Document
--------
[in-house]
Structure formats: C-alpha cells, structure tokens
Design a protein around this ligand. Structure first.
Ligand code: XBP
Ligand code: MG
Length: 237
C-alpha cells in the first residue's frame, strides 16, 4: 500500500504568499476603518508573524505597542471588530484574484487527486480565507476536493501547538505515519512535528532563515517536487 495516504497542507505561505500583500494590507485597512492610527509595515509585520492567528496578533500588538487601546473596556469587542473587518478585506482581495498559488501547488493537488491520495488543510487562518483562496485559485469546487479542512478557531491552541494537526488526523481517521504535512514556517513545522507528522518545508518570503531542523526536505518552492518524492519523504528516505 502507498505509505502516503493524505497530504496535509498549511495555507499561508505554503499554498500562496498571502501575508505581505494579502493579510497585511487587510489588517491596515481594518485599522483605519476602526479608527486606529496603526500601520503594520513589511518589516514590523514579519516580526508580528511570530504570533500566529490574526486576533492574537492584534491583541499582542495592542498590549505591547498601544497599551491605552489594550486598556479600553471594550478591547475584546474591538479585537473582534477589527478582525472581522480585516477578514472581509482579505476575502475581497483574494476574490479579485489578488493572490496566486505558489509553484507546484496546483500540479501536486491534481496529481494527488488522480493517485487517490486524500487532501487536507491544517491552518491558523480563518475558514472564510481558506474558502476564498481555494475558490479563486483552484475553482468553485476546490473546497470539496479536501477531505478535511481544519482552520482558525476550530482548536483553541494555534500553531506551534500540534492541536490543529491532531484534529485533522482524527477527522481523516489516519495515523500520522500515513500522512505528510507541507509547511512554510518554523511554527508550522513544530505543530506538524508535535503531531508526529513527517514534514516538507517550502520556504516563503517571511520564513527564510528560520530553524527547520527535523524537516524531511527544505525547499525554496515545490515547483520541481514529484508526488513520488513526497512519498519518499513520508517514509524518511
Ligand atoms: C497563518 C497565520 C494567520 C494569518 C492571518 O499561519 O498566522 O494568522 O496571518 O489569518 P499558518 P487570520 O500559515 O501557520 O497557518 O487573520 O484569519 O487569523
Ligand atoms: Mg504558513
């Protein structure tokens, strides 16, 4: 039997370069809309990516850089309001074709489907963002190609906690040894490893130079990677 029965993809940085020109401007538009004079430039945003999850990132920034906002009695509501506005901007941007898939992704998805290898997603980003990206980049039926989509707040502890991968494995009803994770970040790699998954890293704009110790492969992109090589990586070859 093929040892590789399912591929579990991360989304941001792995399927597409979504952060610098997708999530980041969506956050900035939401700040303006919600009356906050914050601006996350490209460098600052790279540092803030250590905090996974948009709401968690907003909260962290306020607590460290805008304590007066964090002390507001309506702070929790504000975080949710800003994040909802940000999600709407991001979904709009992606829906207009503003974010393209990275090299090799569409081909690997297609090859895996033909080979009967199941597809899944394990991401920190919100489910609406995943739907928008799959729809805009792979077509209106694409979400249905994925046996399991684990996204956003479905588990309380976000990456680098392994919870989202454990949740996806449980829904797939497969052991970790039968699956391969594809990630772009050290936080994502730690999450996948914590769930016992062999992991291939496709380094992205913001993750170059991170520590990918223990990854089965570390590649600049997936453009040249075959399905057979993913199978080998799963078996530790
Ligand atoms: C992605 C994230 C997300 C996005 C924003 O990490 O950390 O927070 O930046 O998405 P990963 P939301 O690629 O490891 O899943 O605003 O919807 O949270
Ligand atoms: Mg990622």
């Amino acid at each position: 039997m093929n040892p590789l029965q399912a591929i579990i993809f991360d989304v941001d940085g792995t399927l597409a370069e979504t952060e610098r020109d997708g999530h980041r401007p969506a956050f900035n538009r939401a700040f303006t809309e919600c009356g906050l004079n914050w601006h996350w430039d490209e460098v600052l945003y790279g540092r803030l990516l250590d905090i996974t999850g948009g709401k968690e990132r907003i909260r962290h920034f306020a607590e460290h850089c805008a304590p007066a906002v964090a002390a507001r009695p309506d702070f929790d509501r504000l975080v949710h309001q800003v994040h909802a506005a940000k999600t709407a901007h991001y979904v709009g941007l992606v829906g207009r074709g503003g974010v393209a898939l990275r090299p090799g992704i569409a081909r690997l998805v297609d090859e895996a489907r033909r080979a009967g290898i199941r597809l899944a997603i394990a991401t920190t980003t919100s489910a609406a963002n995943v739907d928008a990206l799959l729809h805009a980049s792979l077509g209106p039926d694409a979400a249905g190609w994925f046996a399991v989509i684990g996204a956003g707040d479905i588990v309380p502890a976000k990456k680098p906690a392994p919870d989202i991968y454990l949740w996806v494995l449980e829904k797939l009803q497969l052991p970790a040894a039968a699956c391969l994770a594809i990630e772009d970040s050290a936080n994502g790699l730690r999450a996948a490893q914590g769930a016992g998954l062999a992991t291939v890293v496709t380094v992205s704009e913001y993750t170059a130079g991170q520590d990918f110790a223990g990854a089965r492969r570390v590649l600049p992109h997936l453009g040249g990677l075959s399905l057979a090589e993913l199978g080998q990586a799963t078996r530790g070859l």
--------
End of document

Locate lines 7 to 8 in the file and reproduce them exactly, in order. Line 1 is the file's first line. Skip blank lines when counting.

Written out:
C-alpha cells in the first residue's frame, strides 16, 4: 500500500504568499476603518508573524505597542471588530484574484487527486480565507476536493501547538505515519512535528532563515517536487 495516504497542507505561505500583500494590507485597512492610527509595515509585520492567528496578533500588538487601546473596556469587542473587518478585506482581495498559488501547488493537488491520495488543510487562518483562496485559485469546487479542512478557531491552541494537526488526523481517521504535512514556517513545522507528522518545508518570503531542523526536505518552492518524492519523504528516505 502507498505509505502516503493524505497530504496535509498549511495555507499561508505554503499554498500562496498571502501575508505581505494579502493579510497585511487587510489588517491596515481594518485599522483605519476602526479608527486606529496603526500601520503594520513589511518589516514590523514579519516580526508580528511570530504570533500566529490574526486576533492574537492584534491583541499582542495592542498590549505591547498601544497599551491605552489594550486598556479600553471594550478591547475584546474591538479585537473582534477589527478582525472581522480585516477578514472581509482579505476575502475581497483574494476574490479579485489578488493572490496566486505558489509553484507546484496546483500540479501536486491534481496529481494527488488522480493517485487517490486524500487532501487536507491544517491552518491558523480563518475558514472564510481558506474558502476564498481555494475558490479563486483552484475553482468553485476546490473546497470539496479536501477531505478535511481544519482552520482558525476550530482548536483553541494555534500553531506551534500540534492541536490543529491532531484534529485533522482524527477527522481523516489516519495515523500520522500515513500522512505528510507541507509547511512554510518554523511554527508550522513544530505543530506538524508535535503531531508526529513527517514534514516538507517550502520556504516563503517571511520564513527564510528560520530553524527547520527535523524537516524531511527544505525547499525554496515545490515547483520541481514529484508526488513520488513526497512519498519518499513520508517514509524518511
Ligand atoms: C497563518 C497565520 C494567520 C494569518 C492571518 O499561519 O498566522 O494568522 O496571518 O489569518 P499558518 P487570520 O500559515 O501557520 O497557518 O487573520 O484569519 O487569523